John Moncrief, The poor man's physician (1731)

This book, authored by church minister John Moncrief and published in Falkirk, is a compilation of the recipes of numerous physicians and folk-healers.

It was created for a general audience rather than for medical professionals and was aimed specifically at those of a ‘poorer condition’.

Moncrief wrote that: ‘The Reader will observe, they are made up of plain and simple Ingredients, and consequently they may be useful for Persons who have not Access to, nor Money to bestow upon more costly Compositions’.

Because this text was compiled from a wide range of sources many of the treatments either duplicate or contradict one another. This is not a guide to follow page by page, but rather a list of options from which you could pick those that sounded the most promising.

Along with treatments for an array of conditions, from cancer and fevers to headaches and sore feet, it also contains recipes for the treatment of mental health-related complaints.

The below treatment is for a ‘cold distemper of the brain’. In it, tobacco, which was thought to heat the overly-cold brain, was added to the recipe, alongside the more traditional mustard seeds and issue (i.e. blister to the skin).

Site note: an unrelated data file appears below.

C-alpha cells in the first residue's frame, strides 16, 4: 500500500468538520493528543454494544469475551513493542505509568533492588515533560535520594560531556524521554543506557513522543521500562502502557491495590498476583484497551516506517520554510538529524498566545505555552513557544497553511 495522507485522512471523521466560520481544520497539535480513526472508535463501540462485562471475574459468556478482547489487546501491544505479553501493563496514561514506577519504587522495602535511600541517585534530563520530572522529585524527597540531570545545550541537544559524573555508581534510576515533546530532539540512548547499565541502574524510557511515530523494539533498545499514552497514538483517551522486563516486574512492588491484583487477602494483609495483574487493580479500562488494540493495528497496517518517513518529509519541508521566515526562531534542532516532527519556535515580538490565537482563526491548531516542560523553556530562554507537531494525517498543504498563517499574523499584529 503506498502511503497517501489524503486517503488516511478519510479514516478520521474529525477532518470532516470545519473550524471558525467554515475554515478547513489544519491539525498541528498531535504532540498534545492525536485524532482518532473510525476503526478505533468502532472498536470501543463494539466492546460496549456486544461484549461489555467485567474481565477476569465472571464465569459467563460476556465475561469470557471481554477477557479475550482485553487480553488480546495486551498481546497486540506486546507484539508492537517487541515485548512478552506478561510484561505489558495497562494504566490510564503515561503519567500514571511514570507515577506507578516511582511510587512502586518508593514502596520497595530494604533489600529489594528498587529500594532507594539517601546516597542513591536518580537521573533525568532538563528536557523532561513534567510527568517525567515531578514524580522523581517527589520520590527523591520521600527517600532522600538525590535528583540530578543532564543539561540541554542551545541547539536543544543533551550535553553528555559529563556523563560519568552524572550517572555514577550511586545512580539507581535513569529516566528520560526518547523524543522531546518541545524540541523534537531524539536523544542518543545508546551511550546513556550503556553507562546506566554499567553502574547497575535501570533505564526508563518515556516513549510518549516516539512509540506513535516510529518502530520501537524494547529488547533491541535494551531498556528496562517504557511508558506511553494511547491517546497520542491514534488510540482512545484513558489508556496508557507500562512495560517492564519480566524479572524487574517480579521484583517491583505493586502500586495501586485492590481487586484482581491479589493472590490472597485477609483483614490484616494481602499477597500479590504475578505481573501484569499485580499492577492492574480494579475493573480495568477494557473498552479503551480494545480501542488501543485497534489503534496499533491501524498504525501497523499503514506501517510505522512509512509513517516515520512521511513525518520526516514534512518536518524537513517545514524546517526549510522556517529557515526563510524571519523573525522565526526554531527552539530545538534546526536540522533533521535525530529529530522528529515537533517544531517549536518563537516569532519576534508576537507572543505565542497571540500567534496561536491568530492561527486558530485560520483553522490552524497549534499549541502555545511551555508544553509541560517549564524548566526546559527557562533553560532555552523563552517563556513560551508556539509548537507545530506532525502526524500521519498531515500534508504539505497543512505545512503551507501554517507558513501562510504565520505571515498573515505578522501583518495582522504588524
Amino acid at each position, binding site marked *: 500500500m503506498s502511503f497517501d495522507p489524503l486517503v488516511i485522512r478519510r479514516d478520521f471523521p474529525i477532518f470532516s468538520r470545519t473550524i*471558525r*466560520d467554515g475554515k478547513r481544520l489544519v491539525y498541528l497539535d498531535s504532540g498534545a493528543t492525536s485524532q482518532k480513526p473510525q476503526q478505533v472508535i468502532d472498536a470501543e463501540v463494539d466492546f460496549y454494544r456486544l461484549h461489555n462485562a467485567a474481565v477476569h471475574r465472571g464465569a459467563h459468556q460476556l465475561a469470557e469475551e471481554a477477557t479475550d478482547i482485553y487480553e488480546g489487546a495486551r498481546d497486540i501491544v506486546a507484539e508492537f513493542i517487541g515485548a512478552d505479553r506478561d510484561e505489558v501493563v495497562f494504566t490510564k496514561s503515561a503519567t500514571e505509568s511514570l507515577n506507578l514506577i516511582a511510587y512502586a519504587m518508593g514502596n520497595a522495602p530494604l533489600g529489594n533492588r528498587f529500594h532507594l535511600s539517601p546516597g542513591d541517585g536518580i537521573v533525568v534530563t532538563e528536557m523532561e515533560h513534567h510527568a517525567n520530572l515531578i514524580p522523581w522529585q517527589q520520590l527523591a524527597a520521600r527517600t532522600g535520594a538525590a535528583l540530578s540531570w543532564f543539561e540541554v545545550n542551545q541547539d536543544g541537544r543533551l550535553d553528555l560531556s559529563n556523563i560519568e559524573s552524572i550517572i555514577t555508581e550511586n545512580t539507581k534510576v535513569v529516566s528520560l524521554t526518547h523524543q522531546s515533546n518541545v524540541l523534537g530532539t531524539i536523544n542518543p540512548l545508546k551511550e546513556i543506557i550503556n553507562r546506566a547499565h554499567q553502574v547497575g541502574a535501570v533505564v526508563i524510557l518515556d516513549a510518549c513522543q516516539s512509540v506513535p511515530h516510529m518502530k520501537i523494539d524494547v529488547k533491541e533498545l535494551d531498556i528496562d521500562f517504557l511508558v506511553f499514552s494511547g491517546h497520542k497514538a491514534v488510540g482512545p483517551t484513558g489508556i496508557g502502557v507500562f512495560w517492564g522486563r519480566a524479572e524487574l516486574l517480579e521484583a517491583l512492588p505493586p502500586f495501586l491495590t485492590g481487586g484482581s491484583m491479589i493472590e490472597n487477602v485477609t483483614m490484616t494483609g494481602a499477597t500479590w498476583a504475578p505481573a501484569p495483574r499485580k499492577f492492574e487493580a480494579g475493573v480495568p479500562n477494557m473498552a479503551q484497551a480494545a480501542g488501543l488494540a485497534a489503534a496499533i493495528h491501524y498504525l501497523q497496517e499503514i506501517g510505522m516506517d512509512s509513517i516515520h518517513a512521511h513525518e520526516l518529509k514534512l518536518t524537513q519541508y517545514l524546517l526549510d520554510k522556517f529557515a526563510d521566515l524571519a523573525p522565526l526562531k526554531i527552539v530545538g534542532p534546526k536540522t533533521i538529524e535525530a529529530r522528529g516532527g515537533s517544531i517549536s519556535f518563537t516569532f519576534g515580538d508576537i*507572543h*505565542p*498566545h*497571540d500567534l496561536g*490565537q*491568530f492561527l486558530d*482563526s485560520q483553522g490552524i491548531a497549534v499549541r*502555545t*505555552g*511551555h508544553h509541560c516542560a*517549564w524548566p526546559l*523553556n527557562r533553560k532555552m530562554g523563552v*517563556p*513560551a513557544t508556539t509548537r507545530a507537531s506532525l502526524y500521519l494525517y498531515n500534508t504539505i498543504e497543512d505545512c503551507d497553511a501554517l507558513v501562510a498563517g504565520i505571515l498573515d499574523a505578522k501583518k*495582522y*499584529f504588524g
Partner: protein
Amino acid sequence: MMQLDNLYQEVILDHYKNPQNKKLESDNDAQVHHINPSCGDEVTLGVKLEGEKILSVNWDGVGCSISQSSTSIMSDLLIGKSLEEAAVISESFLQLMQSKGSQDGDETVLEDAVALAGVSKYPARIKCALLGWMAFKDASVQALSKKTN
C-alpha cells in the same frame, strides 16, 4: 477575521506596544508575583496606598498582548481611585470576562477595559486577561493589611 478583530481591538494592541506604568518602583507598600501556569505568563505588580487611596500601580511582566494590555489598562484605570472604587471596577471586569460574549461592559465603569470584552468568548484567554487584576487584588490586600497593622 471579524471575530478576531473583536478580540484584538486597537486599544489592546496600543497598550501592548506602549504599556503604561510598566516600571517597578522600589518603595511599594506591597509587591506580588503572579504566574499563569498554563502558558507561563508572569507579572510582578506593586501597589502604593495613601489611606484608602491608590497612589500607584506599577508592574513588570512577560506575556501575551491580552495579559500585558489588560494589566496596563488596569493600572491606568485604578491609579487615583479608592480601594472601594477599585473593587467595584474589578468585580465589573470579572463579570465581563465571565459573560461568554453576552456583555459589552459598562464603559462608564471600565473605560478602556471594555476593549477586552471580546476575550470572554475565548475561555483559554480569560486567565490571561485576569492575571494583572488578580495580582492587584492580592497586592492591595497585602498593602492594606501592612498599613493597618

This recipe for 'the frenzy' includes a 'Whelp [puppy] cut up through the Midst of the Belly', water lily and opium.

 

The cure for 'involuntary weeping' includes shaving the head and placing leeches behind the ears.

 

This cure for madness includes honey, herbs and magical amulets. All items which would have been readily available to the text’s poorer readers.

 

Not all recipes were so innocuous, however. This cure for madness, the most extreme of the treatments contained in this volume, recommends to ‘geld [castrate] the patient’.

 

This book is one of many items on display in our exhibition ‘Moonstruck: 500 years of mental health’, which is open until Spring 2020. Find out more.

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